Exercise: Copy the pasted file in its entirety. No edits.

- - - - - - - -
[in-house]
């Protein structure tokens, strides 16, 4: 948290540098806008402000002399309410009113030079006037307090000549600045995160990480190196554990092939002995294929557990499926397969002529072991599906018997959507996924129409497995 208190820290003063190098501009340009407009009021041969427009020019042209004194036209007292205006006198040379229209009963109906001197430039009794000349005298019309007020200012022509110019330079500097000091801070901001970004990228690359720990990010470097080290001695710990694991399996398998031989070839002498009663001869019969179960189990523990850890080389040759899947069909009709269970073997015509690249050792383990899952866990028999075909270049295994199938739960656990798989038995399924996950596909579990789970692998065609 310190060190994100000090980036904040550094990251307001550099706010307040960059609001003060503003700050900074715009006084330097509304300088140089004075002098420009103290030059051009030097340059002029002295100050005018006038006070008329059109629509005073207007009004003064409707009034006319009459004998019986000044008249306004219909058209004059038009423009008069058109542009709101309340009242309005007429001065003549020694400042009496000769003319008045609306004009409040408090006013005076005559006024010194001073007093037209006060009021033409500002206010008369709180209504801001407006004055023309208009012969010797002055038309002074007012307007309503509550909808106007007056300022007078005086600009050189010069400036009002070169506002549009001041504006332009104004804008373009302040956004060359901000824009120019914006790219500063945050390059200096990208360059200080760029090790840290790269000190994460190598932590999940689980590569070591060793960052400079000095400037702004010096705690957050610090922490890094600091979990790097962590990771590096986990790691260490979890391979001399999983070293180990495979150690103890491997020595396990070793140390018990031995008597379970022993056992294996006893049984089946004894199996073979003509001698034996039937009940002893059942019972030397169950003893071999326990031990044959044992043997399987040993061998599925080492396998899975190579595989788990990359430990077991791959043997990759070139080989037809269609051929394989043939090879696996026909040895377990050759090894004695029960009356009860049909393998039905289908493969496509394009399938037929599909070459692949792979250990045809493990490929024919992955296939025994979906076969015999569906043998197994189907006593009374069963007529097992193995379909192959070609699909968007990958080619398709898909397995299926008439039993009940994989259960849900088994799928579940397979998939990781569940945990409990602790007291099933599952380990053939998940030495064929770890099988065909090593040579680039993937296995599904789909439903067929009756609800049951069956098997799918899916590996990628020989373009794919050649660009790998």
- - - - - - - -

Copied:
[in-house]
């Protein structure tokens, strides 16, 4: 948290540098806008402000002399309410009113030079006037307090000549600045995160990480190196554990092939002995294929557990499926397969002529072991599906018997959507996924129409497995 208190820290003063190098501009340009407009009021041969427009020019042209004194036209007292205006006198040379229209009963109906001197430039009794000349005298019309007020200012022509110019330079500097000091801070901001970004990228690359720990990010470097080290001695710990694991399996398998031989070839002498009663001869019969179960189990523990850890080389040759899947069909009709269970073997015509690249050792383990899952866990028999075909270049295994199938739960656990798989038995399924996950596909579990789970692998065609 310190060190994100000090980036904040550094990251307001550099706010307040960059609001003060503003700050900074715009006084330097509304300088140089004075002098420009103290030059051009030097340059002029002295100050005018006038006070008329059109629509005073207007009004003064409707009034006319009459004998019986000044008249306004219909058209004059038009423009008069058109542009709101309340009242309005007429001065003549020694400042009496000769003319008045609306004009409040408090006013005076005559006024010194001073007093037209006060009021033409500002206010008369709180209504801001407006004055023309208009012969010797002055038309002074007012307007309503509550909808106007007056300022007078005086600009050189010069400036009002070169506002549009001041504006332009104004804008373009302040956004060359901000824009120019914006790219500063945050390059200096990208360059200080760029090790840290790269000190994460190598932590999940689980590569070591060793960052400079000095400037702004010096705690957050610090922490890094600091979990790097962590990771590096986990790691260490979890391979001399999983070293180990495979150690103890491997020595396990070793140390018990031995008597379970022993056992294996006893049984089946004894199996073979003509001698034996039937009940002893059942019972030397169950003893071999326990031990044959044992043997399987040993061998599925080492396998899975190579595989788990990359430990077991791959043997990759070139080989037809269609051929394989043939090879696996026909040895377990050759090894004695029960009356009860049909393998039905289908493969496509394009399938037929599909070459692949792979250990045809493990490929024919992955296939025994979906076969015999569906043998197994189907006593009374069963007529097992193995379909192959070609699909968007990958080619398709898909397995299926008439039993009940994989259960849900088994799928579940397979998939990781569940945990409990602790007291099933599952380990053939998940030495064929770890099988065909090593040579680039993937296995599904789909439903067929009756609800049951069956098997799918899916590996990628020989373009794919050649660009790998």